In the Terramaris museum, where the landscape of Zeeland is illustrated, a Motte-and-Bailey medieval castle was (re)constructed in 2011.
The medieval castle is a good example of woodworking techniques in fortifications, and there are few similar ones in Europe. The upper court, devoted to be the dwelling of nobelmen, is built, accordingly with the original ones, on an artificial earthwork (motte) and is protected by a solid wooden fence made of poles. The daily life was instead carried out in a village at the foot of the motte (the bailey) which was usually surrounded by a moat.
By reconstructing the castle, the Terra Maris museum gives the visitors the opportunity to understand how to "read" their own landscape, as even today one can appreciate the remnants of the original sites in the surrounding area.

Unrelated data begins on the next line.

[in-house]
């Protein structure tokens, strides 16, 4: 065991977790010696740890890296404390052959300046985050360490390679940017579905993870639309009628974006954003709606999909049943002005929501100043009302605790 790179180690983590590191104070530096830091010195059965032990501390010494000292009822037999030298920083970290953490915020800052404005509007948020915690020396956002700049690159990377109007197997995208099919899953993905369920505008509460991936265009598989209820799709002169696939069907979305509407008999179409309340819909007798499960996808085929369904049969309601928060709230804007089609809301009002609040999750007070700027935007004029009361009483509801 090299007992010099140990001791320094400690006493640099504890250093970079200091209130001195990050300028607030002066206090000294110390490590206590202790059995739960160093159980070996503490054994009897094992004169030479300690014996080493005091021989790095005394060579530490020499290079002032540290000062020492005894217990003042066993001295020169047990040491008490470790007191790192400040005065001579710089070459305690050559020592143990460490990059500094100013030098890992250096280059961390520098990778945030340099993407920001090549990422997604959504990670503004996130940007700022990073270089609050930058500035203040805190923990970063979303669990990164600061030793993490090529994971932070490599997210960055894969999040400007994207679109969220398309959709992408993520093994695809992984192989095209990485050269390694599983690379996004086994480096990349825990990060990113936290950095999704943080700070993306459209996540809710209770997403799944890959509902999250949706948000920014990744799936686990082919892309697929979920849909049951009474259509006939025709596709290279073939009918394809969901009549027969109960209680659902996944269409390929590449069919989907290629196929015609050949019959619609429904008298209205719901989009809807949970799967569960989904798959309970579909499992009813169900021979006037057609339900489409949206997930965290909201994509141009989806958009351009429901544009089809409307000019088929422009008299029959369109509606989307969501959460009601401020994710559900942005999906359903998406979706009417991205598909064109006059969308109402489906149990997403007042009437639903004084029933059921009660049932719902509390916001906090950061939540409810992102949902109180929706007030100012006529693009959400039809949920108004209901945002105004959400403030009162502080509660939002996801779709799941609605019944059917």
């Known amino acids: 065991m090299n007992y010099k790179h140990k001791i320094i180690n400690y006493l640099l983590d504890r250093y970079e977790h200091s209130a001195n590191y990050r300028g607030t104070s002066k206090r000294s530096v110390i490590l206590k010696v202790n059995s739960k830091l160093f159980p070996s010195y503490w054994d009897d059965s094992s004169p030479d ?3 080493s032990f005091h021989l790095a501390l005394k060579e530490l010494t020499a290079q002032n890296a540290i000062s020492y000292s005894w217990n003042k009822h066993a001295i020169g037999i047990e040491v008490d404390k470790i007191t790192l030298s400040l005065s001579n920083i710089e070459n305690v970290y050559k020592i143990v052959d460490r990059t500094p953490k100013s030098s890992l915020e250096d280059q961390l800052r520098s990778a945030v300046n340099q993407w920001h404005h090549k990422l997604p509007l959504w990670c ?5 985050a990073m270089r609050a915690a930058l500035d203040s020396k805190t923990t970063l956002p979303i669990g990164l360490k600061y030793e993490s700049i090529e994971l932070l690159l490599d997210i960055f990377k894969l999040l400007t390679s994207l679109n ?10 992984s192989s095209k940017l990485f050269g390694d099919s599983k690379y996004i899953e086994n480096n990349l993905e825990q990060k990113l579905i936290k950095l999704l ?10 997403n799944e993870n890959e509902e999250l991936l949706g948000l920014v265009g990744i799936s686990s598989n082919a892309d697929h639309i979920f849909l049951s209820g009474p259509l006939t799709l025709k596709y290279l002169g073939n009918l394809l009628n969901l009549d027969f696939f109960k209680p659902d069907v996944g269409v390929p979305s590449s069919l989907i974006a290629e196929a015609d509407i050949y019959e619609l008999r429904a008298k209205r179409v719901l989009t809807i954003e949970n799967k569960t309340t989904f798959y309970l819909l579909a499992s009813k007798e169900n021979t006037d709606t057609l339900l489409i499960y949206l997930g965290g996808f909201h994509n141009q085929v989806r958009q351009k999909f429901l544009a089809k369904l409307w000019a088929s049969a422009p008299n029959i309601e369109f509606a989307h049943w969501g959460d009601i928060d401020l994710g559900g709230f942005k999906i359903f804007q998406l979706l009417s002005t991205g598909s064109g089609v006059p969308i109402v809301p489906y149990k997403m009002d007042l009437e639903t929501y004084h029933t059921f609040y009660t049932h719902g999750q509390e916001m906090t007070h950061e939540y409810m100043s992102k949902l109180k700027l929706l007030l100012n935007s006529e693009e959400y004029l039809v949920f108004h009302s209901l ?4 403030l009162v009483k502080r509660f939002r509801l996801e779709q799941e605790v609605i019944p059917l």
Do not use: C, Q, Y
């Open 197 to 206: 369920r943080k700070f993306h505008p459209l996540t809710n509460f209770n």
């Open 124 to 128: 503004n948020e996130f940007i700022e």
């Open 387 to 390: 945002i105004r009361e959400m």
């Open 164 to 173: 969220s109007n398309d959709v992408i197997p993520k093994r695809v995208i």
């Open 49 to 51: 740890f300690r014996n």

The interior of the motte is furnished with simple medieval replicas and is open to the public.
The (re)construction was the fruit of a joint project by the EU Agricultural Fund and the province of Zeeland, and other institutions.
Within the grounds of the Terra Maris museum, as well as experiencing the natural landscape of the area, families are also invited to join the "prehistoric afternoon" in which they can experience some hands on activities.